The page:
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Battle For The Top

by Staff Writer / Vancouver Canucks


After winning five straight, the Canucks look for their season-high sixth in a row. It won't be easy as they face a challenging Oiler team that's coming off a narrow 5-4 shootout loss to the Stars Thursday.

While the Oilers will be playing their second game in two nights, they'll be a focussed squad. They're looking to avenge a 6-2 loss to the Canucks a week ago.

"We want to play well and do what we want to try to do," said Trevor Linden. "They played last night and that can be an advantage. We just want to play well and do a good job defensively, try to put some pressure on their defence."

The teams are deadlocked in the season series 2-2, each with a win on the road and at home.

The last two meetings saw lop-sided results with the winning team scoring four more goals. Don't expect to see the same results this tima around.

"Anytime we play them it's a good game," said Brendan Morrison, who's had four points in the last four games. "I'm sure they're going to want to tighten up defensively and for us as well, we don't want to give them a whole lot. If I was to estimate what was going to happen tonight, I would expect it to be a pretty tight game."

Not only have the Canucks won five straight but they've won six straight at home. Their last loss came to the Oilers Dec. 4th when the Canucks were shutout 4-0.

Edmonton has sagged since. They've won just one of their last five and three of their last 12.

The Oilers have played back-to-back games six times previous and in those meetings, they have won three of the 12 games with only one win on the road.


The Canucks will play each divisional opponent eight times, so the Oilers should be something they're used to by now - kind of like well-worn jeans.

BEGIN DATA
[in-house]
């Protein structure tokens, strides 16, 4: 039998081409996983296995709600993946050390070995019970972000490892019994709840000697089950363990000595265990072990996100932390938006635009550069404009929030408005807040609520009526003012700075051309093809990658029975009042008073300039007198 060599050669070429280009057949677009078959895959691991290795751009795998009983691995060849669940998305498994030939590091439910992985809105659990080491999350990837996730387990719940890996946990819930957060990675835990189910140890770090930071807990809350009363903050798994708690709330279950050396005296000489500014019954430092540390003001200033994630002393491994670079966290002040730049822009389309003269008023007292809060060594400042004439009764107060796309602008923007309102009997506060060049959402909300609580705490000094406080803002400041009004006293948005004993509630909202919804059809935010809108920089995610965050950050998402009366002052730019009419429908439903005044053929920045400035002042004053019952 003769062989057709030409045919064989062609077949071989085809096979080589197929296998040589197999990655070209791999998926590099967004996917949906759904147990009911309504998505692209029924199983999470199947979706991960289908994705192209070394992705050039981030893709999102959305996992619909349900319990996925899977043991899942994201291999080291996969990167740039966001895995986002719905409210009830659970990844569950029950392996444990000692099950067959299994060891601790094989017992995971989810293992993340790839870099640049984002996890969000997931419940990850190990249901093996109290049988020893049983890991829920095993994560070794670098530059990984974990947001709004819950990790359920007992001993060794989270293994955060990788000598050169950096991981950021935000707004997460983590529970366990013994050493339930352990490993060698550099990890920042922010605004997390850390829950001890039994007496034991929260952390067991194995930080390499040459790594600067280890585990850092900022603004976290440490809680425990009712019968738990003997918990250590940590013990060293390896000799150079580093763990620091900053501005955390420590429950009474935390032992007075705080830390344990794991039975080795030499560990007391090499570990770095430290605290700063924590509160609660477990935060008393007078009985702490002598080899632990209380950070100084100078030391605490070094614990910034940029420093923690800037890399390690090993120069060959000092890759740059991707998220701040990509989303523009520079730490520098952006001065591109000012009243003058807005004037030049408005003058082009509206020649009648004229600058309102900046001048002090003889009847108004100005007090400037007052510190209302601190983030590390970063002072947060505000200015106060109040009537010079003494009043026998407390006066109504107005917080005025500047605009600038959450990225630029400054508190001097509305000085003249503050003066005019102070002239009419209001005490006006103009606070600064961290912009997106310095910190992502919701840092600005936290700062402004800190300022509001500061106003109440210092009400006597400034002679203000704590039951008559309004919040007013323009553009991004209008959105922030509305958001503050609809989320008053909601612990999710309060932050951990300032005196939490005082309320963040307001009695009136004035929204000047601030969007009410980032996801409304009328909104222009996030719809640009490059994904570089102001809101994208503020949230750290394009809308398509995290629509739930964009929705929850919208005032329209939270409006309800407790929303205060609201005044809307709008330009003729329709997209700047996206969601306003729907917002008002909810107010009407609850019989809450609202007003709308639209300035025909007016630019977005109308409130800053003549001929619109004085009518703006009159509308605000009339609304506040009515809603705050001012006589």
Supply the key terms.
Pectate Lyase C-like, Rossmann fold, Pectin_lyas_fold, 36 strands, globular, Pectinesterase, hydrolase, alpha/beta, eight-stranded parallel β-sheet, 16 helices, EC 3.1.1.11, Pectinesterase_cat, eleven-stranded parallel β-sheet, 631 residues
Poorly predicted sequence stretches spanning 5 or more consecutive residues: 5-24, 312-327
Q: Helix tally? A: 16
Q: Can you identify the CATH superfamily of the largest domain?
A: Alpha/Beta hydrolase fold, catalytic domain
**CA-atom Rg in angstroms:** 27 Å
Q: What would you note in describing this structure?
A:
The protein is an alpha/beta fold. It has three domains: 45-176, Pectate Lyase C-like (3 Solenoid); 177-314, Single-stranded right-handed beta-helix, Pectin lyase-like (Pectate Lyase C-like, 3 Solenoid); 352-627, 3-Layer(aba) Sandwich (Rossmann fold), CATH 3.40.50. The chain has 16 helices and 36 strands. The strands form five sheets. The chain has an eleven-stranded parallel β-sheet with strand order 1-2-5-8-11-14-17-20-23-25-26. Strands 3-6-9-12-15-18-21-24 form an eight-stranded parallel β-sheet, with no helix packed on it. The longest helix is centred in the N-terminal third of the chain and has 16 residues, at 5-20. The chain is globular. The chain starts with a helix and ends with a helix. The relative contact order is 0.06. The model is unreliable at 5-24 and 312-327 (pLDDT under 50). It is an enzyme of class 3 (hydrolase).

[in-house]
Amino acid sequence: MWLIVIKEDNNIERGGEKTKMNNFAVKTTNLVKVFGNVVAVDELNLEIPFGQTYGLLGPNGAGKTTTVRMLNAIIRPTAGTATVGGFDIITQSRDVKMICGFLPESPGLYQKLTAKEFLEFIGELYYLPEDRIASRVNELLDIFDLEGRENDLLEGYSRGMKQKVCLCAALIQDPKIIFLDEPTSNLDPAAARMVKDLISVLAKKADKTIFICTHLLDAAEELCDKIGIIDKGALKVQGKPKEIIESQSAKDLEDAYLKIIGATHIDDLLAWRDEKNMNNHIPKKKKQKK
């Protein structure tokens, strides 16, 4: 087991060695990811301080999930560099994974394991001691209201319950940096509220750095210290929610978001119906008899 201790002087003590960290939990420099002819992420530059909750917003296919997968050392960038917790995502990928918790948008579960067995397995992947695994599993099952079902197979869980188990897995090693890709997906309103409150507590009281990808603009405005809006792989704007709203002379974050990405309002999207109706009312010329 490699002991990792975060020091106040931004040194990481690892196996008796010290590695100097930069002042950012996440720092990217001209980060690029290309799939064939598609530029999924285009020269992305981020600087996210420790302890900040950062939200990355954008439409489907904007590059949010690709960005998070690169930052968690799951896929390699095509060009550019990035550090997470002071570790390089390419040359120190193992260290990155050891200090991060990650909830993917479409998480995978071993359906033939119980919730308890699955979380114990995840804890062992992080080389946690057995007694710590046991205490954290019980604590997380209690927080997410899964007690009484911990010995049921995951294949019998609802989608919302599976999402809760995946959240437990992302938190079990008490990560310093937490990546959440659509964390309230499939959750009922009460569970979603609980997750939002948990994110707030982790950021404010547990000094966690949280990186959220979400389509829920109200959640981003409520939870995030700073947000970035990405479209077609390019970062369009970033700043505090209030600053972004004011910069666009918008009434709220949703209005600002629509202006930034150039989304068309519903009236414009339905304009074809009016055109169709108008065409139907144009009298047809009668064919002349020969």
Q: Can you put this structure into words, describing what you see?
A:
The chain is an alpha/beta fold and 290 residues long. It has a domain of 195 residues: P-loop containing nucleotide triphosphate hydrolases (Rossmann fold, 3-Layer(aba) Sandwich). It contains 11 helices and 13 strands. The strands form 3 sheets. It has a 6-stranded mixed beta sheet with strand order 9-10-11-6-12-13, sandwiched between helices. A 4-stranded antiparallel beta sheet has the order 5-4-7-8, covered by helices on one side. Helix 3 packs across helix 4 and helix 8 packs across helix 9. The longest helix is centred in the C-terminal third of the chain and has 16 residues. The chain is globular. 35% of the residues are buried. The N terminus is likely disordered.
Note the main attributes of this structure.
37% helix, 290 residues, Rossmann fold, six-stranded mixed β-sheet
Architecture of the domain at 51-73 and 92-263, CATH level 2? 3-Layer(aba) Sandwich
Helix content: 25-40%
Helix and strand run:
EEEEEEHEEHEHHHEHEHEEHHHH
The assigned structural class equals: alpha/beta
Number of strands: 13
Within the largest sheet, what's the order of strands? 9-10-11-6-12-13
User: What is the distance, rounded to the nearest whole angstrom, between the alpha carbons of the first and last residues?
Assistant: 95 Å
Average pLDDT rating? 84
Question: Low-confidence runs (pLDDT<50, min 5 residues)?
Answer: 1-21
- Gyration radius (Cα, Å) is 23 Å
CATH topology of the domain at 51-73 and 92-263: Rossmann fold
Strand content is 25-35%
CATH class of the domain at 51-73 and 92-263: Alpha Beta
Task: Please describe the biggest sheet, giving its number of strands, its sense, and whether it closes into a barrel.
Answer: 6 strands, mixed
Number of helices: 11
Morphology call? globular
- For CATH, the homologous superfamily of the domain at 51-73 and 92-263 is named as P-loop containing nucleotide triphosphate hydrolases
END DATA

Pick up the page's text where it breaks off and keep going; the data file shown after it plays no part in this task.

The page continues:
This will be the second time the teams meet in a week and the fifth divisional game in two weeks.

"You play them so much there's no secret to what the teams are going to try, you're prepared for them," says Matt Cooke.

It may be redundant, but with the Canucks sitting in third spot in the Western Conference, every two points taken from a divisional rival is two points towards a higher seed in the post-season.

It's been a fight since the beginning - and at one point a week agao all five teams sat deadlocked for top spot. The Canucks are now five points up on last-place Colorado, who are two spots out of playoff position.

Although a win for Edmonton tonight doesn't mean first place, it means the Canucks have to work that much harder to hold on to their lead.

"It just comes down to who wants it more," said Cooke. "The puck battles along the boards, the one-on-one battles over the ice. It's one of our focuses because we started so poorly in our division that we wanted to get back to winning [divisional] games."


Markus Naslund hasn't scored in 16 games but that hasn't hurt the team, who's our scored their opponent 20-11 on their five-game win streak, averaging 4 goals a game.

"It's surprising it's gone on for this long for a guy that can score goals the way he's capable of but the silver lining in all this is that we're winning some games right now," says Morrison.

Although the Canucks continue to sit 29th in the league for scoring, as long as they're getting wins, there's really no problem.

But Naslund makes no excuses for the scoring drought.

"I don't really have a good theory because if I did, I would have out of this slump."

"There are a lot of different things but obviously I'm not getting shots. I don't find that I have the puck in opportunities to shoot and I'm trying to do all the things that I'm used to doing. But it just doesn't seem to be there for me."

Fans and teammates are supporting him and know that it's just a matter time.

"Everybody knows how much pressure he puts on himself and to be one of the key guys offensively and hopefully he'll be able to relax a little now knowing that we are winning some games," says Morrison.

"It just reinforces don't get caught thinking too much on the ice, just trust your instincts and just relax."

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